Angina refers to discomfort or pain that often occurs in the chest, but it can also occur in the shoulder, arm, jaw or other parts of the body. Angina isn’t a disease; rather, it’s a symptom of a possible underlying heart problem, such as coronary artery disease.
The coronary arteries are responsible for carrying blood to the heart, and all is well when blood is flowing freely through them. But when the blood flow through the coronary arteries is restricted, often because of plaque buildup on the artery walls, then the heart can become deprived of oxygen. Angina is a warning sign that something is wrong with your heart.
Not only is angina painful in and of itself, but it’s also a warning of other possibly life-threatening complications. Angina could indicate the possible presence of coronary heart disease or coronary microvascular disease or an increased risk for a heart attack, among other concerns.
Causes of Angina
People with a family history of heart problems are more likely than others to develop angina, but a number of controllable lifestyle factors also play a role. For example, obesity, high cholesterol levels and high blood pressure increase the risk for angina. So do smoking, diabetes, inactivity and eating an unhealthy diet. Making changes to some of these areas of life, however, can help prevent angina in the future or help manage it should it occur.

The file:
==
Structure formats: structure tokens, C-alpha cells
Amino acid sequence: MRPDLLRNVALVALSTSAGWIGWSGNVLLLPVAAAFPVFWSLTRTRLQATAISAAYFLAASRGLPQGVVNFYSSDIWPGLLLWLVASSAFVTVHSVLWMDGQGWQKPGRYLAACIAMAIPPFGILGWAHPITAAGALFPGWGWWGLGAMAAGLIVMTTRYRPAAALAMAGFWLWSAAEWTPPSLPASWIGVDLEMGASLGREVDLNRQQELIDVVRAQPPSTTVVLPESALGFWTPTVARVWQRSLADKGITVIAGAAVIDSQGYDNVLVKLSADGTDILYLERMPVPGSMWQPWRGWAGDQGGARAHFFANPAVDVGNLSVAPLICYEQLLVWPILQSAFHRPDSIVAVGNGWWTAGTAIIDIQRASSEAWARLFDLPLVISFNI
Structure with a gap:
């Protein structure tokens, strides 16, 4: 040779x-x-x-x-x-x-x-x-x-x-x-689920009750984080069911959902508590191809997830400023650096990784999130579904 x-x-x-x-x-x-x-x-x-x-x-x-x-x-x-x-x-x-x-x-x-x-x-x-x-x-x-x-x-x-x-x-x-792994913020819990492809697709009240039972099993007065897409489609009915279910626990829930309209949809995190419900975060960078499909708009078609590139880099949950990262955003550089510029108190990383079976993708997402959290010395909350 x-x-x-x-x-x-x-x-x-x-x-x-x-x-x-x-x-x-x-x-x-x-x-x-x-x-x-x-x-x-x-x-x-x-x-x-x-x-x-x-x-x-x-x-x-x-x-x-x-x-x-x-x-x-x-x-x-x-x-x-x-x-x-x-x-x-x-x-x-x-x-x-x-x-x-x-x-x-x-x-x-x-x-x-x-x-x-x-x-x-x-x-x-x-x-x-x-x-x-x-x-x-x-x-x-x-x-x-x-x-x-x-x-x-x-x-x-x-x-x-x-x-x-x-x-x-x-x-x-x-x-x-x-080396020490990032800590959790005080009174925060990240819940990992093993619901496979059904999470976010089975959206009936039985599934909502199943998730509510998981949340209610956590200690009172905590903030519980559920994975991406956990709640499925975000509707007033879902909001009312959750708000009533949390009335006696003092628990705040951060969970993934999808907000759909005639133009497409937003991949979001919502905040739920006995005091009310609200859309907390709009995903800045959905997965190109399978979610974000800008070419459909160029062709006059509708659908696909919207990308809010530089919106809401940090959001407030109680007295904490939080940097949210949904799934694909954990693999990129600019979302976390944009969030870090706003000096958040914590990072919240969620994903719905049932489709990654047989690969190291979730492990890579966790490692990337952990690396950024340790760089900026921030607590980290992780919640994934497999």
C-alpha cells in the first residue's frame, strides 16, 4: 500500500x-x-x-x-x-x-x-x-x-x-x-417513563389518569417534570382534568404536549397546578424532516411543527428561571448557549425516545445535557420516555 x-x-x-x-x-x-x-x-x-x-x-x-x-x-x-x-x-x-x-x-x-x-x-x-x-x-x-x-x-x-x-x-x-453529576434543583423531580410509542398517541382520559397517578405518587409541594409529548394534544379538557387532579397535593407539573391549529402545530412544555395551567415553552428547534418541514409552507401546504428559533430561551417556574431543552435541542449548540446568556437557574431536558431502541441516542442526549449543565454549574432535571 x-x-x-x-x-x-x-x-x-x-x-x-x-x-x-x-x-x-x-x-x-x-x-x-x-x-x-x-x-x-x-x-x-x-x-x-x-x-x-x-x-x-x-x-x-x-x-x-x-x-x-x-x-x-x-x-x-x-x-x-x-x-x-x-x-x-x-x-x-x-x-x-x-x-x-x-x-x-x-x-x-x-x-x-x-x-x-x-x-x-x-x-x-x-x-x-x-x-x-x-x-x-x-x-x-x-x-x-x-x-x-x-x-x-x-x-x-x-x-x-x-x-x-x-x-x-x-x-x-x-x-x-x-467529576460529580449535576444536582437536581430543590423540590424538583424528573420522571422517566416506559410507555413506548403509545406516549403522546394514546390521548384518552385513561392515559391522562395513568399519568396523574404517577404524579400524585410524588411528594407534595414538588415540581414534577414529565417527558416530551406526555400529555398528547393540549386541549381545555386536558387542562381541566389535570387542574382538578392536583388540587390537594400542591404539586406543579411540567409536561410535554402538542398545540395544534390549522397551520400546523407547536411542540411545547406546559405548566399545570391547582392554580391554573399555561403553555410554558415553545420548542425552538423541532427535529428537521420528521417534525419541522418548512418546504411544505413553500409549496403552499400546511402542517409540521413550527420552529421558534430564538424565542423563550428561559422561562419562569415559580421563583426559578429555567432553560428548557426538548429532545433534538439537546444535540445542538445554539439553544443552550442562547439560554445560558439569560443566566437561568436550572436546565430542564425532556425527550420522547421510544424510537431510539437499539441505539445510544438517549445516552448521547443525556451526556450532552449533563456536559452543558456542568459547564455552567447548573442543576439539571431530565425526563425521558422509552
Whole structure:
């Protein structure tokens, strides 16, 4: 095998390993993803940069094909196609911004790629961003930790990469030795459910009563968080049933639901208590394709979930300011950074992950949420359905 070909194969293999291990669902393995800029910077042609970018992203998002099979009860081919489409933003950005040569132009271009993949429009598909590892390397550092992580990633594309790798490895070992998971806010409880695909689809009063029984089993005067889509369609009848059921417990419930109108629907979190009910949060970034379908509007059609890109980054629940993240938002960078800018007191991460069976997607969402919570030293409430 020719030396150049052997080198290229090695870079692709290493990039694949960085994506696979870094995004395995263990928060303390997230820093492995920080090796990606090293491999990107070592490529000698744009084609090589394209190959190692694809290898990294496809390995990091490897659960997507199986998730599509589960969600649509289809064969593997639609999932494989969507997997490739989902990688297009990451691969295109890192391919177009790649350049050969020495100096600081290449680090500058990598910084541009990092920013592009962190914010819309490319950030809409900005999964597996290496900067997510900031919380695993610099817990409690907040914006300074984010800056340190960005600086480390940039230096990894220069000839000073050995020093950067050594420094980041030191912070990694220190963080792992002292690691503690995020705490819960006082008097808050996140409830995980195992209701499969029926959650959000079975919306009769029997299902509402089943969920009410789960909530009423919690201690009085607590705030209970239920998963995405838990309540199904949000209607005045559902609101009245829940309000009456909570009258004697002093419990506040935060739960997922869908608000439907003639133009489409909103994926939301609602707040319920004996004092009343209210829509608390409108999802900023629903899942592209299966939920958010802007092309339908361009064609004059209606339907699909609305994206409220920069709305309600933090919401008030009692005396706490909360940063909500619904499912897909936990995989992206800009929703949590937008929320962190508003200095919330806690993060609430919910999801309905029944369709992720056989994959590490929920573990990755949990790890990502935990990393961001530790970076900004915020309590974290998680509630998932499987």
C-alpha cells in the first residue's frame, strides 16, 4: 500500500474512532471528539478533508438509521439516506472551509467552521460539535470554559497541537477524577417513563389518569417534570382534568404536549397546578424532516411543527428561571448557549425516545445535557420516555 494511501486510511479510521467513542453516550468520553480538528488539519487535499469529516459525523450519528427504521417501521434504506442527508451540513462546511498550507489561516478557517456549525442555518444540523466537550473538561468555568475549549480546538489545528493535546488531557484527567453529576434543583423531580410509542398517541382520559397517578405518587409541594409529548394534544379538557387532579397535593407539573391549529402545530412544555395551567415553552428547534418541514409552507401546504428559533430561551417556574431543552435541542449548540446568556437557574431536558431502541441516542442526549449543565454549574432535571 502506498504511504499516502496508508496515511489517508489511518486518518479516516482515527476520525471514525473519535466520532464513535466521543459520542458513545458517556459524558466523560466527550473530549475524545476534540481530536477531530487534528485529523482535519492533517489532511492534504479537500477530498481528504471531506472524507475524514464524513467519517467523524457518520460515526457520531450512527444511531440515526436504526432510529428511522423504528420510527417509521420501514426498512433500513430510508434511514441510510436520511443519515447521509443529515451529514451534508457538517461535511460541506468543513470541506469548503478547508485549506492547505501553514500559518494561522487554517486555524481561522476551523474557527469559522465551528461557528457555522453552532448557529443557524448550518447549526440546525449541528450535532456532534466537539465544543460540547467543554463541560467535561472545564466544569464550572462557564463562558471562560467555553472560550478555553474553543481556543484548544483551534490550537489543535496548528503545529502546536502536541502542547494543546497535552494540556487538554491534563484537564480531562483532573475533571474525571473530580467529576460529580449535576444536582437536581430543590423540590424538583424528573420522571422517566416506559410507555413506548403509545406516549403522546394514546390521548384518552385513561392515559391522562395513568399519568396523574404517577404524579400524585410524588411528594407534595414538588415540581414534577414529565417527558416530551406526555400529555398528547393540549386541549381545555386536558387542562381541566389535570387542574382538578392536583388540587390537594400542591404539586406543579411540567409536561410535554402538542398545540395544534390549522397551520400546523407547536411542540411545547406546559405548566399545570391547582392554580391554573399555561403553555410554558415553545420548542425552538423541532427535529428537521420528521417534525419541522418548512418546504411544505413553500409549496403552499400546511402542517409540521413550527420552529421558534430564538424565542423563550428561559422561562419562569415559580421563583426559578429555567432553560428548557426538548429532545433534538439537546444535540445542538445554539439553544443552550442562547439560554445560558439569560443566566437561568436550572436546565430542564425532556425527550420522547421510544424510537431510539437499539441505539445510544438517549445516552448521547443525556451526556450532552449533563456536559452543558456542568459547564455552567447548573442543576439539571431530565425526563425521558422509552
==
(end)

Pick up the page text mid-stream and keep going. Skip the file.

Angina is a serious heart symptom that needs to be monitored by a health-care professional. Anyone who experiences angina pain should see a doctor immediately. There are medications that can control the pain and discomfort related to angina, and a doctor can also assess the risk for other complications related to heart health.
SOURCES: U.S. National Heart, Lung and Blood Institute; American Heart Association
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